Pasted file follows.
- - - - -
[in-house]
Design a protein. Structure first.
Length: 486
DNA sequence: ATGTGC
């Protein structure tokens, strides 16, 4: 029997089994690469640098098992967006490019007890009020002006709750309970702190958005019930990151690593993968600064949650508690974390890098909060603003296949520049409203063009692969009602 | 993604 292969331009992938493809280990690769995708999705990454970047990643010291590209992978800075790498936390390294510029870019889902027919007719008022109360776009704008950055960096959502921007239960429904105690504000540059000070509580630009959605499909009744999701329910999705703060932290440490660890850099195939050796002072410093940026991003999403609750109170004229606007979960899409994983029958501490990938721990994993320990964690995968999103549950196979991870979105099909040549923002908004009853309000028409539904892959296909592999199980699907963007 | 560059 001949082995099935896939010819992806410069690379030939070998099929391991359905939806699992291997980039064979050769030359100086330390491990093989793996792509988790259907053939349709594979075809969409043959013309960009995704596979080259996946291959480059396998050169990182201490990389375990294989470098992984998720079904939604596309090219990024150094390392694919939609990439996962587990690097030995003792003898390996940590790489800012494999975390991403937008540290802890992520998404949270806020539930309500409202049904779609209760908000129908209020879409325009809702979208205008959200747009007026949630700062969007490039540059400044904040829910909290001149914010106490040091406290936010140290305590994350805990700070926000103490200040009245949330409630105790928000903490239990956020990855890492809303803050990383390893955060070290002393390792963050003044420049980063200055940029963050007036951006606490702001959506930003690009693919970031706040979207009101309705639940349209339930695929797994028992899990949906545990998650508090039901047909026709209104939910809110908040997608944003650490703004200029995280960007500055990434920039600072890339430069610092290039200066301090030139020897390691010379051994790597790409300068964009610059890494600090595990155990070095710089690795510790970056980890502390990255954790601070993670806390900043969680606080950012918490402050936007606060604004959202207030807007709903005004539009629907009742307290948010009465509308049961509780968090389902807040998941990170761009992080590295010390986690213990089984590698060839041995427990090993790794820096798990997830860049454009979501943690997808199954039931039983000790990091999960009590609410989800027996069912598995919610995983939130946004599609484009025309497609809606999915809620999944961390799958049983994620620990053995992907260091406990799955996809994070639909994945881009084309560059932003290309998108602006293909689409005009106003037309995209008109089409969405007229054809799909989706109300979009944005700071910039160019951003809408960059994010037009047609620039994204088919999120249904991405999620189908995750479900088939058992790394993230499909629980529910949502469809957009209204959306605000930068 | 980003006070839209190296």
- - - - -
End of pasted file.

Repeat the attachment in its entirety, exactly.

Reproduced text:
[in-house]
Design a protein. Structure first.
Length: 486
DNA sequence: ATGTGC
């Protein structure tokens, strides 16, 4: 029997089994690469640098098992967006490019007890009020002006709750309970702190958005019930990151690593993968600064949650508690974390890098909060603003296949520049409203063009692969009602 | 993604 292969331009992938493809280990690769995708999705990454970047990643010291590209992978800075790498936390390294510029870019889902027919007719008022109360776009704008950055960096959502921007239960429904105690504000540059000070509580630009959605499909009744999701329910999705703060932290440490660890850099195939050796002072410093940026991003999403609750109170004229606007979960899409994983029958501490990938721990994993320990964690995968999103549950196979991870979105099909040549923002908004009853309000028409539904892959296909592999199980699907963007 | 560059 001949082995099935896939010819992806410069690379030939070998099929391991359905939806699992291997980039064979050769030359100086330390491990093989793996792509988790259907053939349709594979075809969409043959013309960009995704596979080259996946291959480059396998050169990182201490990389375990294989470098992984998720079904939604596309090219990024150094390392694919939609990439996962587990690097030995003792003898390996940590790489800012494999975390991403937008540290802890992520998404949270806020539930309500409202049904779609209760908000129908209020879409325009809702979208205008959200747009007026949630700062969007490039540059400044904040829910909290001149914010106490040091406290936010140290305590994350805990700070926000103490200040009245949330409630105790928000903490239990956020990855890492809303803050990383390893955060070290002393390792963050003044420049980063200055940029963050007036951006606490702001959506930003690009693919970031706040979207009101309705639940349209339930695929797994028992899990949906545990998650508090039901047909026709209104939910809110908040997608944003650490703004200029995280960007500055990434920039600072890339430069610092290039200066301090030139020897390691010379051994790597790409300068964009610059890494600090595990155990070095710089690795510790970056980890502390990255954790601070993670806390900043969680606080950012918490402050936007606060604004959202207030807007709903005004539009629907009742307290948010009465509308049961509780968090389902807040998941990170761009992080590295010390986690213990089984590698060839041995427990090993790794820096798990997830860049454009979501943690997808199954039931039983000790990091999960009590609410989800027996069912598995919610995983939130946004599609484009025309497609809606999915809620999944961390799958049983994620620990053995992907260091406990799955996809994070639909994945881009084309560059932003290309998108602006293909689409005009106003037309995209008109089409969405007229054809799909989706109300979009944005700071910039160019951003809408960059994010037009047609620039994204088919999120249904991405999620189908995750479900088939058992790394993230499909629980529910949502469809957009209204959306605000930068 | 980003006070839209190296």